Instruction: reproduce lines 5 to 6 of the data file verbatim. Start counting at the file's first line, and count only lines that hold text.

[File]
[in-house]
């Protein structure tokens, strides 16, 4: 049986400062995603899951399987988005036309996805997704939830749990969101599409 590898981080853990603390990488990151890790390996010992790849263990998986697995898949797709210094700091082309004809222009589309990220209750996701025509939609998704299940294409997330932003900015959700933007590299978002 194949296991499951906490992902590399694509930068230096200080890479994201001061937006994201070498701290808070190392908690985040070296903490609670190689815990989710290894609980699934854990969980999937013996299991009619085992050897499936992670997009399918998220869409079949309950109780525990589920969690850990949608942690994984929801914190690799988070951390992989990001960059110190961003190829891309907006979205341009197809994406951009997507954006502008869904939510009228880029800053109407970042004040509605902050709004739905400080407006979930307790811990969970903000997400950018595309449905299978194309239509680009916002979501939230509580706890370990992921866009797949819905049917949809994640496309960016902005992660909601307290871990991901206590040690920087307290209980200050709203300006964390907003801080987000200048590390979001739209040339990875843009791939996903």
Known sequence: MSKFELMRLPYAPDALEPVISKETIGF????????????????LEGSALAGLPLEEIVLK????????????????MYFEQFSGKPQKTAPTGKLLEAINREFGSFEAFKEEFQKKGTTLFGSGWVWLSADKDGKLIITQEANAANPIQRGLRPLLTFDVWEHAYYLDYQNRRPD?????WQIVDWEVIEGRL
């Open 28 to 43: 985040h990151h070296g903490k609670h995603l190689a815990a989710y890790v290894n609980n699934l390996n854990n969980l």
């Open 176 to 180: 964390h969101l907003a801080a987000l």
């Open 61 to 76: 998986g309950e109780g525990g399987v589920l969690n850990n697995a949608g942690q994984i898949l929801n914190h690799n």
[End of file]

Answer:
């Open 176 to 180: 964390h969101l907003a801080a987000l």
């Open 61 to 76: 998986g309950e109780g525990g399987v589920l969690n850990n697995a949608g942690q994984i898949l929801n914190h690799n």